Utah's First Chinese-American Lawmaker A Longtime Community Advocate
Karen Kwan steps up on a small stage at a recent meeting of Utah’s Hispanic Democratic Caucus in the packed basement of La Puente restaurant in south Salt Lake.
She and several other women legislators, like Rep. Angela Romero and Sen. Luz Escamillia, are introducing themselves and going over their agendas for the next legislative session.
Kwan is the newly elected representative of House District 34, which includes parts of Taylorsville and West Valley, a growing swing district of Salt Lake County.
This election cycle brought few bright spots for Utah Democrats, but in two state house districts, District 34 and District 31, Democratic legislative candidates picked up seats previously held by Republicans.
As she tells the crowd at La Puente, her election is significant in one other key way.
“Many of you know, I’m the very first Chinese-American to serve in the Utah Legislature," she says to loud cheers.
Kwan first moved to Taylorsville 25 years ago from southern California. She began her career as an adviser at the University of Utah before transitioning to academia. For the last 11 years, she’s taught psychology as an associate professor at Salt Lake Community College.
Kwan has long been a community advocate and organizer, but says while she was raising her two daughters, she preferred a more behind-the-scenes role.
“Through an advocacy role, I think from the very moment I came to Utah, I was interested in politics in that way," she says. "But I really became engaged in politics when Taylorsville city was not a city yet.”
Some of her first political work involved lobbying the county council to let Taylorsville incorporate. She later sat on the Governor’s Asian-American Council. Running for office, though? Kwan was reluctant.
"I questioned my abilities. I questioned whether or not I could or had the ability to be a politician. Sometimes I question that now,” she laughs.
Two years ago, encouraged by her friends and fellow Utah Democrats, she decided to run for her district’s seat against incumbent Republican Johnny Anderson.
"I lost by a few hundred votes and that actually encouraged me to run again,” says Kwan.
That narrow loss and the fact that Anderson decided not to seek re-election gave Kwan the confidence to try again. Kwan faced off against Republican Macade Jenson last November — this time winning by more than 1,000 votes.
Kwan says she learned a lot from that first campaign. The first lesson was how difficult it is to run against an incumbent and second was to reach more underrepresented groups.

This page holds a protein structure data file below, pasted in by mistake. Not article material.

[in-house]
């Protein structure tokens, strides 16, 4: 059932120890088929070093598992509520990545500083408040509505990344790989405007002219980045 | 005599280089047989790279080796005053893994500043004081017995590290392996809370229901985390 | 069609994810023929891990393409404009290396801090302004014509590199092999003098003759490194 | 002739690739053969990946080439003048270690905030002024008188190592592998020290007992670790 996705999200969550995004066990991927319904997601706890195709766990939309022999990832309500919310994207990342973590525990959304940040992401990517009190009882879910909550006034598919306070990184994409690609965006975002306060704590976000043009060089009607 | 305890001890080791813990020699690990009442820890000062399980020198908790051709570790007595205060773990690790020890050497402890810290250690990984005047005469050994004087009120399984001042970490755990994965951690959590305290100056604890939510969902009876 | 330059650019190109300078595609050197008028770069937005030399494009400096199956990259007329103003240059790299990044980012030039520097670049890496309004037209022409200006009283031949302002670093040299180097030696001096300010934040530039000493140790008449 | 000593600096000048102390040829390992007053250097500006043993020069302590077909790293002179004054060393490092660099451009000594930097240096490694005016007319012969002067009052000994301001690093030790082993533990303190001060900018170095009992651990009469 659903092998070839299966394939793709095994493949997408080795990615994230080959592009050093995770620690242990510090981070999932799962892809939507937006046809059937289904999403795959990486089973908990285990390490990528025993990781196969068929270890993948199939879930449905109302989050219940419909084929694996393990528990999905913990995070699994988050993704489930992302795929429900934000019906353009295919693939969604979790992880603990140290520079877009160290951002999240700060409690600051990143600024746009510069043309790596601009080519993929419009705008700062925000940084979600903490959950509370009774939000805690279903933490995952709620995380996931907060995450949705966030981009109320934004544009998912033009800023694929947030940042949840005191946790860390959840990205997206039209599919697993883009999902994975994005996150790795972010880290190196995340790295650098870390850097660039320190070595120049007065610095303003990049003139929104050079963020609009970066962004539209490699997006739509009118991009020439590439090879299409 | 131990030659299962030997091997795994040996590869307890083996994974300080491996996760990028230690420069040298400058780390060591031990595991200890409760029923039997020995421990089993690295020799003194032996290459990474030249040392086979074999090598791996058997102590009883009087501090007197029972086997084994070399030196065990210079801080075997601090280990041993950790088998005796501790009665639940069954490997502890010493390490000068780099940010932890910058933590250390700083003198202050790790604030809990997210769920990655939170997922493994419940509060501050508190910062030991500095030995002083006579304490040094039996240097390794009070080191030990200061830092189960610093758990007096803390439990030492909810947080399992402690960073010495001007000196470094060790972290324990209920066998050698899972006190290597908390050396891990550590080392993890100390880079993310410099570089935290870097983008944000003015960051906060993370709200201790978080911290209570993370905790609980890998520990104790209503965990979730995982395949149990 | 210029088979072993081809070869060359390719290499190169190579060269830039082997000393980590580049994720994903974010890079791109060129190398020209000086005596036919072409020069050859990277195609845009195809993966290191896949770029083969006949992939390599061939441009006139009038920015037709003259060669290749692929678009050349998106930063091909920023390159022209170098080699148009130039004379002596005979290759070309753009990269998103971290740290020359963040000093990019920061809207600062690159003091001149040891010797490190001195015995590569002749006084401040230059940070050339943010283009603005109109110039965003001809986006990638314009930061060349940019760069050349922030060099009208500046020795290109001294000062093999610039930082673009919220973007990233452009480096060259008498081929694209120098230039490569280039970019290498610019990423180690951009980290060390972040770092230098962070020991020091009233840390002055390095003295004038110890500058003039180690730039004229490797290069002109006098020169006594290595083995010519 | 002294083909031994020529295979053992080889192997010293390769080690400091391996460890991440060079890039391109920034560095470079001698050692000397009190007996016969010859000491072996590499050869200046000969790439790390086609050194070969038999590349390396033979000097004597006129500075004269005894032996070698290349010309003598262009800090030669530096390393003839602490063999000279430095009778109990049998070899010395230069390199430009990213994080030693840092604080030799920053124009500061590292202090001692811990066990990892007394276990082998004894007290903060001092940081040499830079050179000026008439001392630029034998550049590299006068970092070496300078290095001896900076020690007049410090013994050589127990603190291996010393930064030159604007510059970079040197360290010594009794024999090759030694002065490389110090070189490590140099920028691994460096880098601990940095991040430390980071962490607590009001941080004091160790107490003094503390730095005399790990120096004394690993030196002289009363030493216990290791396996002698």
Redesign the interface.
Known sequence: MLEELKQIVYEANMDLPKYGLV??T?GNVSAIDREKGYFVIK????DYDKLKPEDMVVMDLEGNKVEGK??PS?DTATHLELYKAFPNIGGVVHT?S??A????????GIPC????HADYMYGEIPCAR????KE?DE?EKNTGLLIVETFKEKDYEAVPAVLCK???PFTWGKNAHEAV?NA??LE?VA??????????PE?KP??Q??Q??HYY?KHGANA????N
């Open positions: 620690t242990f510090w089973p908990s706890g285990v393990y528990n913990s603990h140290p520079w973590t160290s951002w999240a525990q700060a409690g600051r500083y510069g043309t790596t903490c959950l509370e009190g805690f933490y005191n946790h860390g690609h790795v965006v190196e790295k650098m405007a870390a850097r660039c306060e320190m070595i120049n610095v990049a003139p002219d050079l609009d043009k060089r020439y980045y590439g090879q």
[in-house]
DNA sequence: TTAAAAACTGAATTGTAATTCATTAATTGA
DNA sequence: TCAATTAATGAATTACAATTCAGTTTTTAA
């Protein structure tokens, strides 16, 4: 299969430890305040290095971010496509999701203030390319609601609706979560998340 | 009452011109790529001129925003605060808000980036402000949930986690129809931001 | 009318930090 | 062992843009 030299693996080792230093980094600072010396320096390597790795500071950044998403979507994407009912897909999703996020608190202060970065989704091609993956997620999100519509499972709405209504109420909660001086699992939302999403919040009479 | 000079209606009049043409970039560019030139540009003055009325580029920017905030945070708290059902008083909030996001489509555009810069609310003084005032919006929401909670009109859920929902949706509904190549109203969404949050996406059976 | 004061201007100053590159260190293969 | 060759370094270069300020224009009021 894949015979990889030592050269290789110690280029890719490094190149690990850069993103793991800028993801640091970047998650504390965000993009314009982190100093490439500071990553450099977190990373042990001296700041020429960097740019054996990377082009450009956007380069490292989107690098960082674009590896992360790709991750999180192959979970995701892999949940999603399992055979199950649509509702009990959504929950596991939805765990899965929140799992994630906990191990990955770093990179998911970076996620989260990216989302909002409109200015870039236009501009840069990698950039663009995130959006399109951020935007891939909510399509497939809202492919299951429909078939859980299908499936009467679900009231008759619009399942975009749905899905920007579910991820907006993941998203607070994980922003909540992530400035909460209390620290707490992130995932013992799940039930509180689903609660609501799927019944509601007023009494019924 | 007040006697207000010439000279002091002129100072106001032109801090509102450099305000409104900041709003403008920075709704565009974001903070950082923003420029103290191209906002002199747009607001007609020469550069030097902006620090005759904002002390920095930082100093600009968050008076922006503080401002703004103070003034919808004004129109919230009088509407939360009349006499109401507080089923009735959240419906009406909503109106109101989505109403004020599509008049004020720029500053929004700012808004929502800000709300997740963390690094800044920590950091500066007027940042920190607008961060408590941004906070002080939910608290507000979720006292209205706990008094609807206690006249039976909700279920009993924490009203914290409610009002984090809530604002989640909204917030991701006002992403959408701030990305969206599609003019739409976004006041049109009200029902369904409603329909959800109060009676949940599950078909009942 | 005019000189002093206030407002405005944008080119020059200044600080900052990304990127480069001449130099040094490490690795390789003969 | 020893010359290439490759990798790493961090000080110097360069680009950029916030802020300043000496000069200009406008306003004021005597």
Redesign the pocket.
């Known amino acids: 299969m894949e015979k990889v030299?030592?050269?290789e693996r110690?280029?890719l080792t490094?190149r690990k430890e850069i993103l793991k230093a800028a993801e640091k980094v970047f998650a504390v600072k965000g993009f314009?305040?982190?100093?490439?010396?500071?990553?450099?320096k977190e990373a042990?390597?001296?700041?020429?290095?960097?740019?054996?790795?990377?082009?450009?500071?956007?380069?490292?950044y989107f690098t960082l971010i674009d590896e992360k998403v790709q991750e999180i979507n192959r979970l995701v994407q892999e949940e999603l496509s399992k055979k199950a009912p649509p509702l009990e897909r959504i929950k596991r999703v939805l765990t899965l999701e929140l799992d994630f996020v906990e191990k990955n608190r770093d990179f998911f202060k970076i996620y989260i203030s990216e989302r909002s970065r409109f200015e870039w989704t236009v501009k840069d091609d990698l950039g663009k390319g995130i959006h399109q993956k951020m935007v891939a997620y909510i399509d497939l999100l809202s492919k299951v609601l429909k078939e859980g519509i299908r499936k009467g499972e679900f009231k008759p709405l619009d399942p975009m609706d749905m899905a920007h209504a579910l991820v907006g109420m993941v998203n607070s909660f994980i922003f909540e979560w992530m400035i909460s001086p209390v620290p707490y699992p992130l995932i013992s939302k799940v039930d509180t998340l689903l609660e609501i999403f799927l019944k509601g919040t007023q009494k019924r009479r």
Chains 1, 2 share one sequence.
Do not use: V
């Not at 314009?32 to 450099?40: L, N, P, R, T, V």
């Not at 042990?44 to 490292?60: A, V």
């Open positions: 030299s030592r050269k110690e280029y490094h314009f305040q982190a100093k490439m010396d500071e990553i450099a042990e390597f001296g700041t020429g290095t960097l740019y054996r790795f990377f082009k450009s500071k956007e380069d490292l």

“I learned that it was very important to be data driven. …I was able to see what my district looked like rather than knock every door. In 2014, I knocked every door, and it was great to meet a lot of people, but very inefficient.”
That’s not to say talking to people was a waste of time, but Kwan could see that her swing district had a growing number of registered independents, as well as a population that was diversifying both along ethnic and economical lines. Those were the people Kwan wanted to reach.
Kwan credits her victory to hard work, the avid support of Utah’s Chinese-American community, as well as longtime friends like Democratic Rep. Angela Romero of District 26.
Romero says it will be refreshing to have some new voices in the halls of the Capitol.
“If you look at our demographics right now, when it comes to women, and when it comes to communities of color, it doesn’t reflect our populations in the state of Utah," says Romero.
Rep. Brian King, the House Minority Leader, agrees. Although the Democratic caucus remains a super minority at just 14 members, he thinks Kwan’s background — she has an education doctorate — will be a key asset.
"Rep. Kwan will help us bring to pass some priorities that are important to us. …We feel strongly about doing what’s necessary to get our children taught in the way we would like to have them taught, that we pay teachers enough money to attract high-quality teachers and then retain them.”
Kwan’s first few bill proposals are fairly modest. One will deal with licensing requirements for acupuncturists; another will address personal injury law for motorists.
But the legislation Kwan is most keen to tell her constituents about is a non-binding resolution recognizing the Chinese Lunar New Year, which falls on January 28. It’s a holiday celebrated by thousands across Utah, and hundreds of millions worldwide.
Although it won’t be an official state holiday, Kwan says the resolution is a small way for her to pay tribute to the local Chinese-American community, many of whom are descendants of 19th century immigrants who built the country’s railroads and worked in its mines.
"As a Chinese-American, I will always come to the table with a different perspective than a people who are not Chinese American. …And this is a good thing," she says. "Because we want to have people in the Legislature who represent Utah as a whole. And when we have voices that are missing, then we have decisions that are made without regard to these communities.”
At the Hispanic caucus meeting, Kwan tells the crowd she’s eager to get started and learn the ropes as a new legislator. She also wants to encourage more women to run for elected office, and hopes her victory will serve as a model.
When some people have described her as the “only” Chinese-American in the Legislature, Kwan says she has to remind them she’s only the first.